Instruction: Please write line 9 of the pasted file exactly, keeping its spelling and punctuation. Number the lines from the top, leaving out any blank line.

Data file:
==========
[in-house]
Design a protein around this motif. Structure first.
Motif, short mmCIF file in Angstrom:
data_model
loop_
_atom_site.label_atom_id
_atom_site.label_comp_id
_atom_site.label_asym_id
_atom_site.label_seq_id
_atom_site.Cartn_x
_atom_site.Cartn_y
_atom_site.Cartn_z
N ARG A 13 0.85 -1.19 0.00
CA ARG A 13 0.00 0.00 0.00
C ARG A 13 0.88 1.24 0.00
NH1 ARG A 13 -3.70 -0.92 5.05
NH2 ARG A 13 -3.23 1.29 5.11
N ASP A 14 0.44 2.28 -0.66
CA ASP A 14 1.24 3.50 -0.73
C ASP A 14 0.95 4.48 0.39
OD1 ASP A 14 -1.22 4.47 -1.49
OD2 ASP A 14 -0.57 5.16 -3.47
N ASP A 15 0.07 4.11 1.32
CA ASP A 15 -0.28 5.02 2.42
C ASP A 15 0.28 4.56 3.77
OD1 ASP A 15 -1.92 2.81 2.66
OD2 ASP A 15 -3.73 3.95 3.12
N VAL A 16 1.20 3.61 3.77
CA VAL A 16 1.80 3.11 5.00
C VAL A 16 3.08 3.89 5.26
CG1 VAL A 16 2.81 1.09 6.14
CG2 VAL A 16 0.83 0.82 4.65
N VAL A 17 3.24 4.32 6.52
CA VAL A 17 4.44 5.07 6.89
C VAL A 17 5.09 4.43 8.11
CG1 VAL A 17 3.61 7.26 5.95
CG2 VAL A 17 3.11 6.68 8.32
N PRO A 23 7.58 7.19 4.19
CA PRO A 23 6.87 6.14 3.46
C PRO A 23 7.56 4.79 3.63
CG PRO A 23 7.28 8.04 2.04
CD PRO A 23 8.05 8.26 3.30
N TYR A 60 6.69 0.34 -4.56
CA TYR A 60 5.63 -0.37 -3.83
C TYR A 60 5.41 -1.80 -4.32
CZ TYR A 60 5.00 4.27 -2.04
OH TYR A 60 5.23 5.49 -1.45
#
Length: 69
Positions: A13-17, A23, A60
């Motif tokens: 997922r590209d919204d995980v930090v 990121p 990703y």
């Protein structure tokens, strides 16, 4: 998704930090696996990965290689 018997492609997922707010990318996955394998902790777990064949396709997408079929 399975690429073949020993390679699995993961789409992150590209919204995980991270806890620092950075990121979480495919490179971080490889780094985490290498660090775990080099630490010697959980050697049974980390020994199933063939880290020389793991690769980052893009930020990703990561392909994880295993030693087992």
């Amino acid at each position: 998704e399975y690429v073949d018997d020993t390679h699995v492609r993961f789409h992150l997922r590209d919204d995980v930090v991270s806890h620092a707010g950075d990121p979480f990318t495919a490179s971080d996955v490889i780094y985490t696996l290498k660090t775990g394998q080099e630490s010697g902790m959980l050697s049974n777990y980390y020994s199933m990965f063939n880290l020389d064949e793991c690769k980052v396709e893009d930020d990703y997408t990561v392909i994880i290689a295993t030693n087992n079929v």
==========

_atom_site.label_seq_id